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Howardena Pindell, “Untitled,” 1967. 66 x 71 inches, Framed: 62 3/4 x 60 1/8 inches, Acrylic on canvas. Courtesy of the artist and Garth Greenan Gallery,New York

This spring, the Rose Art Museum is featuring the artwork of renowned modern artist Howardena Pindell. Her artwork is diverse both in media and in message. Most of her work can be described as abstract paintings inspired by personal events or societal moments during her life, though the exhibit does not limit itself to the paintings, including videos and collages. 

   “Untitled,” acrylic on canvas, jumped out at me in the exhibit. Unlike most of her  abstract pieces, it depicts a chillingly familiar image: a skeleton. But unlike most pictures we see of skeletons, it is not hanging or standing upright, nor is it peacefully resting horizontally. The viewer is looking at it from a jarring angle, almost as though from underneath, through the ribcage. The bright purple and orange pigments Pindell chose for this piece reminds me of the color palette of the pop art of the ’60s, from artists like Andy Warhol and Roy Lichtenstein.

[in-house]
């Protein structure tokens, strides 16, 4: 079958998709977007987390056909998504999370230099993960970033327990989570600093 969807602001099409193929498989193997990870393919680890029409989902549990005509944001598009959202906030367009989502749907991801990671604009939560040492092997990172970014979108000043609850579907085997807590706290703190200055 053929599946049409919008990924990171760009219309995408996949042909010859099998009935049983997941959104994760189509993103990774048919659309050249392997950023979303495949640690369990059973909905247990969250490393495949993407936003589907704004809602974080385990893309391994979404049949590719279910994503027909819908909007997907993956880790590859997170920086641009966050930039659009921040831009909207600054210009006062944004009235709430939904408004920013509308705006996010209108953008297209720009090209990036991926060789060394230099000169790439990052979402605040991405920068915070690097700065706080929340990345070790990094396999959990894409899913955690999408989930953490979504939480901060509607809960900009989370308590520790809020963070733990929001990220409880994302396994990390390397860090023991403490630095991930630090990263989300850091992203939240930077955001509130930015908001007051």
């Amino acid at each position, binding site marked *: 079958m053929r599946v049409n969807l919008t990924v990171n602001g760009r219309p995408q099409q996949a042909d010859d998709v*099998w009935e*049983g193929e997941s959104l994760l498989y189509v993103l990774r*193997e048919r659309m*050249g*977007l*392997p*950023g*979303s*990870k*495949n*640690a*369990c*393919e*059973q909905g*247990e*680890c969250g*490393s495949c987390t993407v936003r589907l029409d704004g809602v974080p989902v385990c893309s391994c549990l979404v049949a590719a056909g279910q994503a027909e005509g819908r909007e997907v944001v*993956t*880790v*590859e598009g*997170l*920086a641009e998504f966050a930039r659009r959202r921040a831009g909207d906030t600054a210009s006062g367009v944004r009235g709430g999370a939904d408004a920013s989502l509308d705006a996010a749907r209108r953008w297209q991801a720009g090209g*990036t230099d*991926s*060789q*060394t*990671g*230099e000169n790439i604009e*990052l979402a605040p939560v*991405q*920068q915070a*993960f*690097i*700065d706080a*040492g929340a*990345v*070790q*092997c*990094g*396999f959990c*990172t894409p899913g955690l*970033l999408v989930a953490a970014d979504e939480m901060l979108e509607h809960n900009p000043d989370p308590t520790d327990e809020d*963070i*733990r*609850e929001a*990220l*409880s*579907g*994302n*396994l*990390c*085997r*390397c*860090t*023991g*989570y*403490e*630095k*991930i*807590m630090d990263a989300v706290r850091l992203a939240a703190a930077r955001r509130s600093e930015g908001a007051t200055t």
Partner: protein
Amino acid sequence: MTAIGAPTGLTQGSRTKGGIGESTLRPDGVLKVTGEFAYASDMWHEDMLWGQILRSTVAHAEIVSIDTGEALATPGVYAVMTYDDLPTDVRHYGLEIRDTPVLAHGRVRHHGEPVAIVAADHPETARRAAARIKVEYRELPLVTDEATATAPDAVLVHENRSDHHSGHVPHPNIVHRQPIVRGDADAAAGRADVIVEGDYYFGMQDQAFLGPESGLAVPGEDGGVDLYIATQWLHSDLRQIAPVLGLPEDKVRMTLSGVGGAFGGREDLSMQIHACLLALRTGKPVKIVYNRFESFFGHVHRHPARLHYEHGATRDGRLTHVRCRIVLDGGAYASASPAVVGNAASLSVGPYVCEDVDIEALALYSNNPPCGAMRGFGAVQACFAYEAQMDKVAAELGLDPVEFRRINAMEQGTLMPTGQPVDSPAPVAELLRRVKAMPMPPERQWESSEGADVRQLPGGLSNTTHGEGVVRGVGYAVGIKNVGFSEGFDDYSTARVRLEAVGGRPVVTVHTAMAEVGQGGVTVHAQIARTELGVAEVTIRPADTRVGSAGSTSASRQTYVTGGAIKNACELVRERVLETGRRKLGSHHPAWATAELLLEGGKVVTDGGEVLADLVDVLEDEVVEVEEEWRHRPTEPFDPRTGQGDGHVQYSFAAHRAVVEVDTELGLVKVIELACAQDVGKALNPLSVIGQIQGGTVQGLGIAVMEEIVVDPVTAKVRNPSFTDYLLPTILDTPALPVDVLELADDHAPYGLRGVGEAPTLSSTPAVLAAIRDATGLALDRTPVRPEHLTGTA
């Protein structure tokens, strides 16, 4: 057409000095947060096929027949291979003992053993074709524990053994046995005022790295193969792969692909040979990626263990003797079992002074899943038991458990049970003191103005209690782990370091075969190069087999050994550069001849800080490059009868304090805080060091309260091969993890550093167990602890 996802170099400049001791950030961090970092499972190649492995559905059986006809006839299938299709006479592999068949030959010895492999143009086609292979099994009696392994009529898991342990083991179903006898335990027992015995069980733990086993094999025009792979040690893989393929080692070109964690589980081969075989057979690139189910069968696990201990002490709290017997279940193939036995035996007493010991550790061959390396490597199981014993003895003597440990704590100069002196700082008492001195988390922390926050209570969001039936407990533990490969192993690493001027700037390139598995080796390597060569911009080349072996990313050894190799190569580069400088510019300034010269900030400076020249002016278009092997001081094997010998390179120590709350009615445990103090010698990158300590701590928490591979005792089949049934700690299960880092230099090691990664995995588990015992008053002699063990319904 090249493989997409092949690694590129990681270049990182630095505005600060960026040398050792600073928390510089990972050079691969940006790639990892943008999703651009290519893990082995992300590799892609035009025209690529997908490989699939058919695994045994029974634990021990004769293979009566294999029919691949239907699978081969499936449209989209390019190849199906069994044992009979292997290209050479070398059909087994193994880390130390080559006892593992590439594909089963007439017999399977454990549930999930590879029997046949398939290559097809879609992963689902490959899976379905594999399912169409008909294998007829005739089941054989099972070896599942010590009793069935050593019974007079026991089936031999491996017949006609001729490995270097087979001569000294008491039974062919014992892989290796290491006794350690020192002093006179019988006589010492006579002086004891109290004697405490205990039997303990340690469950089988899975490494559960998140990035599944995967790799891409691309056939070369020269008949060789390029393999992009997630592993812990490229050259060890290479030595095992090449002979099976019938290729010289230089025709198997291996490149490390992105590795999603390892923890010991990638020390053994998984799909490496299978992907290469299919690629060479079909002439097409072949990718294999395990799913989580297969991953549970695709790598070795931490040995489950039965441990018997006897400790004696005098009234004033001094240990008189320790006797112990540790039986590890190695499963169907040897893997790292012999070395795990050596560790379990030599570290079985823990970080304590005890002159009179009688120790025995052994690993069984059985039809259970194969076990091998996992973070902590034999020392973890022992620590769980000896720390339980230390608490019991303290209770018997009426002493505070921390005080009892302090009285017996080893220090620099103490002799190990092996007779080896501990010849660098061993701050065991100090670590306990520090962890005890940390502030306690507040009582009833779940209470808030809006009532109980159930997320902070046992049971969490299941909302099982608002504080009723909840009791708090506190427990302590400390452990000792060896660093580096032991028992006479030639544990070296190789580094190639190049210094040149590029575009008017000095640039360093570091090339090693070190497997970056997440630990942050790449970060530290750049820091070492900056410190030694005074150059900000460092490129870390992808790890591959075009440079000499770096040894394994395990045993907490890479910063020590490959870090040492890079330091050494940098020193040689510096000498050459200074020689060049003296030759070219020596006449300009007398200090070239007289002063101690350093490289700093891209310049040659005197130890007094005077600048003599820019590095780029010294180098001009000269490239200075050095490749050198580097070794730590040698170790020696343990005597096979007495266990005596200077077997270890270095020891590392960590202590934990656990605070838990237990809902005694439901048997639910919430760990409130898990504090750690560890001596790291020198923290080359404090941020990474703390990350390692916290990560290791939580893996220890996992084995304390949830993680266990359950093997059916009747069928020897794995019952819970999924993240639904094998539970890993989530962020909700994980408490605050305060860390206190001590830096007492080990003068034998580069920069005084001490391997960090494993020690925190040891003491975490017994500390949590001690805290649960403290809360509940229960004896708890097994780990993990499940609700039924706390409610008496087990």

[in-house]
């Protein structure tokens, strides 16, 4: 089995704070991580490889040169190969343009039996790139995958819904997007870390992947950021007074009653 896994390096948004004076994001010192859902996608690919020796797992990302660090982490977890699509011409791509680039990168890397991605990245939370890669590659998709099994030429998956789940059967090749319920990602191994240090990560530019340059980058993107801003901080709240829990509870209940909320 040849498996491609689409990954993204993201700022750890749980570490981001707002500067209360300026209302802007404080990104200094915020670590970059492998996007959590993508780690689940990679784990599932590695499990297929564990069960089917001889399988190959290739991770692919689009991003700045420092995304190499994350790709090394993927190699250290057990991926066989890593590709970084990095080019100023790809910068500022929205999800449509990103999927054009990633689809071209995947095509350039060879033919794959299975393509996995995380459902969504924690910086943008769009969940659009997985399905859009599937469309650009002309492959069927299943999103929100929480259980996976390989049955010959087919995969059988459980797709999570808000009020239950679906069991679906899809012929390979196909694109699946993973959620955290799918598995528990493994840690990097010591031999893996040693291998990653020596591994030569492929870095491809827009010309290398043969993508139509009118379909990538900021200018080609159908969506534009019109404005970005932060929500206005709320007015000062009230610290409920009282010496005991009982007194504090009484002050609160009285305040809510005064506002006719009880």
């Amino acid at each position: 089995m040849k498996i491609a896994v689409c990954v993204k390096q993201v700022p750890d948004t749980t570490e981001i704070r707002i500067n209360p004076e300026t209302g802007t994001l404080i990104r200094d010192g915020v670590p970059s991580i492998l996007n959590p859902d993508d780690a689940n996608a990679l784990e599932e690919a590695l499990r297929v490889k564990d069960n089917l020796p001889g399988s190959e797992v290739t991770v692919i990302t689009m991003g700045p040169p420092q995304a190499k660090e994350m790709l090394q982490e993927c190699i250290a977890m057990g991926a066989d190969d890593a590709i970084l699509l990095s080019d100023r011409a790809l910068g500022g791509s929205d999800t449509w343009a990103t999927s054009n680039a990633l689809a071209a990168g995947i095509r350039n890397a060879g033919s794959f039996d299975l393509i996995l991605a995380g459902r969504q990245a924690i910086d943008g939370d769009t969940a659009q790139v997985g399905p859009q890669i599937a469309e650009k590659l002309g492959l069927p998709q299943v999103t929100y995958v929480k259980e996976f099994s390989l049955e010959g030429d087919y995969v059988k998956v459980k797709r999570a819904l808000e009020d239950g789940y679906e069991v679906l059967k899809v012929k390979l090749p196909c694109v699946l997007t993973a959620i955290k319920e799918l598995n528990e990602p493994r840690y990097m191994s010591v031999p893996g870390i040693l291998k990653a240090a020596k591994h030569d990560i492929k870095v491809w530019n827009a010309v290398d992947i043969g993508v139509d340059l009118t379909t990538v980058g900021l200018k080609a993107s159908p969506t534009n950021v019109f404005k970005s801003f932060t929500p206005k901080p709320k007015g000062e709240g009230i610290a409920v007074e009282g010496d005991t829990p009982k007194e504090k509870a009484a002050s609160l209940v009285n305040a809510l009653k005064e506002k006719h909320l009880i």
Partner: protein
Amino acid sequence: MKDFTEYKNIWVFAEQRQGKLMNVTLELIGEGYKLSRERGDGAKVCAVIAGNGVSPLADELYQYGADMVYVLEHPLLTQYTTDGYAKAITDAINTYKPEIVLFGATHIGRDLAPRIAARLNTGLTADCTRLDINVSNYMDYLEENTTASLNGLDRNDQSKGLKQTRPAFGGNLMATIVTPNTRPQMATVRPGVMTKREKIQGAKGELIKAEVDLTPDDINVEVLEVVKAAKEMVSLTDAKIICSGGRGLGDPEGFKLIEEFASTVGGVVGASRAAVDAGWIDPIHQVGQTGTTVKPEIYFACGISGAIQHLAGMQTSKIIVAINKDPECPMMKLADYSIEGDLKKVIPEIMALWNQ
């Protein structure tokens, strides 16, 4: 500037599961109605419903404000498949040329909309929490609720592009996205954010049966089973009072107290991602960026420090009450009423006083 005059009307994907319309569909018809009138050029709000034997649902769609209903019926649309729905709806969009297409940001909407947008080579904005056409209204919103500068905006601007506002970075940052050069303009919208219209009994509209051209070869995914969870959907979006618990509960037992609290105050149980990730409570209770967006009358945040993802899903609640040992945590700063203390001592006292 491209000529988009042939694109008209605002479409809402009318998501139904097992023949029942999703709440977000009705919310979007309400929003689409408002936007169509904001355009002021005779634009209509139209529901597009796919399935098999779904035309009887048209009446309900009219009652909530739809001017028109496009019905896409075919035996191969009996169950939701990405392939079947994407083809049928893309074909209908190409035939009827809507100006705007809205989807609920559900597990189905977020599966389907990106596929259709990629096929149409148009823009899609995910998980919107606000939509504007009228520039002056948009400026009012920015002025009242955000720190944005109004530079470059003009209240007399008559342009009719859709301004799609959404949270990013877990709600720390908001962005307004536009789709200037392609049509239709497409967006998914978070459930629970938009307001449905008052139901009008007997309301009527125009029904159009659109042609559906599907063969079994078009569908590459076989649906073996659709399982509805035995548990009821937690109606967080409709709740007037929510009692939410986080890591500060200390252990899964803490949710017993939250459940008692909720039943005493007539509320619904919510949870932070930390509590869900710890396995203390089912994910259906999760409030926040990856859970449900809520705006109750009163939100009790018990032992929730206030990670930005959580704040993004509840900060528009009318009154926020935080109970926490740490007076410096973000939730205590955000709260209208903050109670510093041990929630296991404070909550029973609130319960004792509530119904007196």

A fixture of pop art was the depiction of mundane objects in vibrant colors and photorealistic detail. Instead of choosing a soap box or soup can to paint, Pindell depicted a skeleton, perhaps the most basic and mundane of all objects, despite our usual disdain for them — everyone has a skeleton, after all. Skulls and skeletons are typically used in art as “memento mori,” or reminder that we will all die one day. But I think in the context of the themes of racial tension in Pindell’s work, the skeleton is also a reminder that no matter our skin color or status, we all have the same bones underneath the way in which the world see us.

  This exhibit close on May 19, so if you got a chance to see it, consider yourself lucky to have had the chance to see a contemporary art giant’s works for free on our campus. If you are interested in her multimedia art, some of her video performance pieces can be found online.